NYC Developer Opens Chelsea Rentals as Pipeline Gets Tougher
MaryAnne Gilmartin’s first project in the city since striking out on her own will start leasing. Future efforts might become more challenging.
New York veteran developer MaryAnne Gilmartin, who’s worked on the Barclays Center and New York Times Building, will start signing up renters for her new firm’s first completed project.
Her firm, MAG Partners, begins leasing Monday at the Chelsea development called Ruby — named for the late Harlem-based fashion designer and dressmaker Ruby Bailey — that has 480 apartments spread across two towers. She also has two other Manhattan multifamily projects underway at 335 Eighth Ave. and 300 E. 50th St., but after the deadline to qualify for a key tax incentive expired last year, her outlook for more rental projects across the city is starting to dim.
Gilmartin is among developers warning that the New York rental market — already tough with rents hovering near record highs — could come under pressure as she expects it could take state officials at least a year or two to get serious about replacing the 421-a tax break, an incentive that encouraged building more affordable rentals. In the meantime, she expects the pipeline for rental construction to slow and some developers to turn to more lucrative condominium projects with fewer units and higher prices.
“We’re going to have homogenized product — too much of it — brought online as a result of not having alternatives,” Gilmartin said. “That does not serve the people in New York City.”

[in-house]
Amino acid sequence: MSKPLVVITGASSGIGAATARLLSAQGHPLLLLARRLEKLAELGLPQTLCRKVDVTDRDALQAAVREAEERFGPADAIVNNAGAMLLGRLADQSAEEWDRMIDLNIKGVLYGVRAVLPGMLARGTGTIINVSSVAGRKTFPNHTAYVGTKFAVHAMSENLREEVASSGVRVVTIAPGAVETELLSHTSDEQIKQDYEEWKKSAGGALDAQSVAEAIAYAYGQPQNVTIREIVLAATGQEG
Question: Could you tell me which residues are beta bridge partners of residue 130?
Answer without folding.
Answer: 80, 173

For now, Gilmartin is focused on showing what MAG Partners can build. Ruby, the Chelsea building, plays up its proximity to the Garment District with a brick facade, herringbone flooring and generous closet space. Rents without concessions for Ruby’s market-rate apartments start at $4,330 for studios, $5,955 for one-bedrooms and $9,000 for two-bedrooms. Three-bedrooms will be priced once they’re ready to hit the market. The developer has also designated 30% of its units as affordable housing.
Gilmartin previously led Forest City Ratner as chief executive officer before stepping down in 2018. At that firm, she worked on the Pacific Park project that includes the Barclays Center and Renzo Piano’s New York Times Building. Her new firm is one of the few New York real estate developers that’s owned and run by women.
“There’s something about our firm that’s not ordinary, which others tell us and sometimes we forget, which is that we don’t look like a typical New York City development firm,” Gilmartin said.
The two towers are separated by a 70-foot (21-meter) courtyard that’s full of greenery and recreation areas for residents. There’s also a roof deck and swimming pool, as well as a 5,000-square-foot (465-square-meter) fitness center. About 10% of the units have private outdoor space.
Gilmartin hopes the project will show that New York rentals don’t have to be penny-pinching commodities to be profitable.
“There are plenty of really forgettable buildings that don’t actually stand up nicely over time and that don’t represent the best you could have done, but those buildings will still make money,” she said. “The value that we have is that principles of beauty, diversity and sustainability create long-lasting value — that you can actually build beauty and deliver returns.”